The issue of the Katchatheevu island, lying halfway between India and Sri Lanka in the Palk Strait, is usually taken up by the Davidian political parties in Tamil Nadu such as the Dravida Munnetra Kazhagam (DMK) and the All India Anna Dravida Munnetra Kazhagam (AIADMK) for whom the fishing community is a major vote bank.

Katchatheevu is a tiny island, 285.2 acres in area, located ten miles northeast of Rameshwaram. Tamil Nadu fishermen, who have been fishing here for centuries, tend to intrude into Sri Lankan waters beyond Katchatheevu and fish near the north Sri Lankan coastline. They get arrested by the Sri Lankan navy, a hue and cry is raised by the political parties in Tamil Nadu, government of India then intervenes diplomatically, and the fishermen are released. This cycle is repeated year after year with no end in sight.

As an offshoot of this, Tamil Nadu politicians have been routinely demanding that Katchatheevu be “taken back” from Sri Lanka as it had been “thoughtlessly” ceded by India to Sri Lanka by an agreement signed in 1974. Both the AIADMK (in 2008) and the DMK (in 2013) had approached the Supreme Court on this, only to be told that the current status of the island is a done deal that could not be reversed.

But in an unusual, indeed unsettling development on Sunday, Prime Minister Narendra Modi strongly took up the Katchatheevu issue. He accused the opposition Congress of surrendering Katchatheevu to Sri Lanka when it was in power in 1974.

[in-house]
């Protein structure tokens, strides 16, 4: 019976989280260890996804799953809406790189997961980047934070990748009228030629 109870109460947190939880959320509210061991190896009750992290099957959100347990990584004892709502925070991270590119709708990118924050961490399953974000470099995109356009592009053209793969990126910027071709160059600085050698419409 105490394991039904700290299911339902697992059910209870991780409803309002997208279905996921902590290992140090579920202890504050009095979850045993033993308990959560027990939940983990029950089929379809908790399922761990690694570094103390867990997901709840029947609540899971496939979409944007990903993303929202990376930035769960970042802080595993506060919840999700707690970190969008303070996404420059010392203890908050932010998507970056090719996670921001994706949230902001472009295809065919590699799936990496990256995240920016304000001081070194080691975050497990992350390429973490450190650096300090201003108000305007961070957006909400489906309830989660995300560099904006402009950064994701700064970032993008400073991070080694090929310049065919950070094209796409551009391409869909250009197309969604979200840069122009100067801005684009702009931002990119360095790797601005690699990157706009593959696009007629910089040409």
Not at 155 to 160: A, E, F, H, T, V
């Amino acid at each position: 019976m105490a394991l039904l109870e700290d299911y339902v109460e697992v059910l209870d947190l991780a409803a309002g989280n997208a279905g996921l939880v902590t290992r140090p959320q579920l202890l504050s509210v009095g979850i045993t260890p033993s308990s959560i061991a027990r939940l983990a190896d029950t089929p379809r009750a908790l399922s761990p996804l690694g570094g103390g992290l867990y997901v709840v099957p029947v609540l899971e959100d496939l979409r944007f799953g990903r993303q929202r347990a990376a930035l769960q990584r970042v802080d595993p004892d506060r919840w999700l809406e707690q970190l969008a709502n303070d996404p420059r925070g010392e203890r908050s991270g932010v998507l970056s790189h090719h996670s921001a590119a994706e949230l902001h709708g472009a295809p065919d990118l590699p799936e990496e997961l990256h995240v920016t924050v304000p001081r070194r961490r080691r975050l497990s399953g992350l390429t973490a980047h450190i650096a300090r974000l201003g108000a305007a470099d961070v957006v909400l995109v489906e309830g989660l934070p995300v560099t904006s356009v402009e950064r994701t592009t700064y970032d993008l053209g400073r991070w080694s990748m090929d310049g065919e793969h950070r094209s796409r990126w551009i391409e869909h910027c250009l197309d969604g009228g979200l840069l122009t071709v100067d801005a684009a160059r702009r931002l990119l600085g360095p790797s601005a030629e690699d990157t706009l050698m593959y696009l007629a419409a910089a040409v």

Referring to an official report, secured through the Right to Information Act, Modi said that it was the Congress Prime Minister Indira Gandhi who had handed over Katchatheevu to Sri Lanka in 1974.

It was “eye-opening and startling,” he said and accused India’s grand old opposition party of weakening the country’s integrity. He dubbed the decision on Katchatheevu as “callous” and added that the Congress government’s decision had angered every Indian.

“We can’t ever trust Congress. Weakening India’s unity, integrity, and interests has been Congress’ way of working for 75 years and counting,” PM Modi wrote on X.

The Tamil Maanila Congress-Moopanar president G. K. Vasan, who is an ally of the BJP, alleged that the Katchatheevu island was ceded with the approval of the DMK, which was in Tamil Nadu at that time. Finance Minister Nirmala Sitharaman put out a video of Jayalalithaa making the same charge against the DMK.